I’d like to introduce a new series, Weird, Unsocialized Homeschoolers’ Top Picks, that I hope will really come in handy during this time of year — you know, curriculum-buying season. No, I’m no Cathy Duffy, but, hey, I have an opinion.
I’ll be sharing things that either A) we used and loved or B) we would have used if I could go back and do it again. I’ll be breaking the suggestions down by grade level because that seemed the simplest way to do it, but we all know that grade levels are arbitrary and you should go with your child’s skill level.
First up, the WUHS Top Picks for Kindergarten. First of all, if I had it to do over again, this homeschool curriculum for Pre-K and Kindergarten would be my main approach to this grade level. The laid-back, learning-through-play-and-exploration suggestions in the linked article are ideal for instilling a love of learning in young children. However, I know it can be hard to ignore that homeschool mom desire for introducing structured learning, especially if you have older children already schooling and the younger ones are either begging to do school or need some structure so that you can work with an older child.
If you desire to introduce more structured learning for your preschoolers or Kindergarten-age child, here are some of my favorites:
Letter of the Week. I loved this free curriculum when Josh and Megan were younger. I adapted the ideas from the LOTW curriculum to create the learning center I used with my niece when she schooled with us last year. I didn’t always use it exactly as it’s laid out (which is no surprise to those who know me), but the ideas and resources definitely made a great jumping off point.
Horizons Math K. If you’ve read my blog for awhile, you probably already know that we’re huge fans of Horizons Math. It is one of the most thorough math programs out there and it’s very reasonably priced. It also leans toward the advanced side — as in, my kids are always a grade level lower on the books than their actual “grade level,” but have always tested at or above actual grade level in math. Keeping that in mind, I suggest going through Horizons K slowly and adding lots of hands-on practice and fun math games to cement what your child is learning.
Reading. I wish I’d known about Scaredy Cat Reading Systems when my kids were younger. I love the gentle, but thorough way that Level 1 introduces letters and their names and sounds. Some Kindergartners may even be ready for Level 2, which introduces CVC words, during their Kindergarten year.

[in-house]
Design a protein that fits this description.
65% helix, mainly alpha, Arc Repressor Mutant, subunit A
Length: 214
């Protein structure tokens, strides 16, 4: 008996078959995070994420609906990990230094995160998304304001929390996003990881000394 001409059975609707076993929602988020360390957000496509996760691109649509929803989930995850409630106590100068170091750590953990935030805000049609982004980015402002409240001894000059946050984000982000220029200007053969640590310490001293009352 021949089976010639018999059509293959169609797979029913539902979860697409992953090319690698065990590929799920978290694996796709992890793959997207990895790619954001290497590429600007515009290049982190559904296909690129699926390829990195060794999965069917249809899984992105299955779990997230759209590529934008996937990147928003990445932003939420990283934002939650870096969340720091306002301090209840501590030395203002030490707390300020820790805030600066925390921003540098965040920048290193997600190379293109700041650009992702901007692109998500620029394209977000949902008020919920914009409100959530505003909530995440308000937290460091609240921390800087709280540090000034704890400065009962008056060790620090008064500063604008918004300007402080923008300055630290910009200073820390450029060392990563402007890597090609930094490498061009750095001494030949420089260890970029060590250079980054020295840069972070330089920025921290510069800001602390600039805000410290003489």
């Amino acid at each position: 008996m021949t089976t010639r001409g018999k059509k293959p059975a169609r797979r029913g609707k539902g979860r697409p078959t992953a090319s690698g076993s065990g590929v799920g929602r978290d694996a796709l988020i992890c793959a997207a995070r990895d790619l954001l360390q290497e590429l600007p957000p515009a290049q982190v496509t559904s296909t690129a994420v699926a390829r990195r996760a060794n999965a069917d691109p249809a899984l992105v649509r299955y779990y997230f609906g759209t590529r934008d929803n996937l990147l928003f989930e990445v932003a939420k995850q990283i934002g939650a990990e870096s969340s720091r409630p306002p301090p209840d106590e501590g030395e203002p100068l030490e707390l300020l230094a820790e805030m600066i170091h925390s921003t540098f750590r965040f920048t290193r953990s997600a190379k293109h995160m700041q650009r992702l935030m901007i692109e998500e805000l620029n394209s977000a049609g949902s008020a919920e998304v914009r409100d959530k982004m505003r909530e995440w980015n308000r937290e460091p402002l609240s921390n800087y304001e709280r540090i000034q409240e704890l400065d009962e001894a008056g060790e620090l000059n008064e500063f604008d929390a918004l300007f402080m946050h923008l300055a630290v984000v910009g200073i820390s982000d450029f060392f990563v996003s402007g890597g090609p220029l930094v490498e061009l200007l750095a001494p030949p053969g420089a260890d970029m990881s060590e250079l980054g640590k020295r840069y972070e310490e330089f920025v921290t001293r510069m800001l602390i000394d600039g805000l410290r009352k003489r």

I would also recommend looking at Rocket Phonics. We were past the letter/letter sound teaching portion when I discovered it, but I liked what I saw. With Rocket Phonics, you’re set for awhile since your child should be at about a 5th grade reading level when you finish the entire program. (Read my review.)
I’m also very fond of the ideas shared at Penny Gardner’s ABC’s of Reading site. We’ve used these ideas throughout our years of reading instruction. Finally, I offer a few more suggestions in my post, Great Tools for Teaching Reading.
Science. As far as I’m concerned, nature study is the best way to study science at this age. One of my favorite books is Nature in a Nutshell for Kids, by Jean Potter. I would also strongly suggest visiting the Handbook of Nature Study blog for great suggestions on how to incorporate nature study in your homeschool.
Bible. I think the Scripture Memory Box is suitable for any age. We’ve used this system for years and loved it. As far as Bible lessons, I think sharing the timeless favorite stories with any good children’s Bible is plenty at this age. If you’ve got multiple ages, we love Bible Study Guide for All Ages. Bible Study Guide’s beginner student pages are suitable for Kindergarten…I just wish you luck trying to convince your kids it’s time to switch to the intermediate pages when they’re older. The beginner pages are apparently way too much fun.
What would you consider to be your top picks for Kindergarten?
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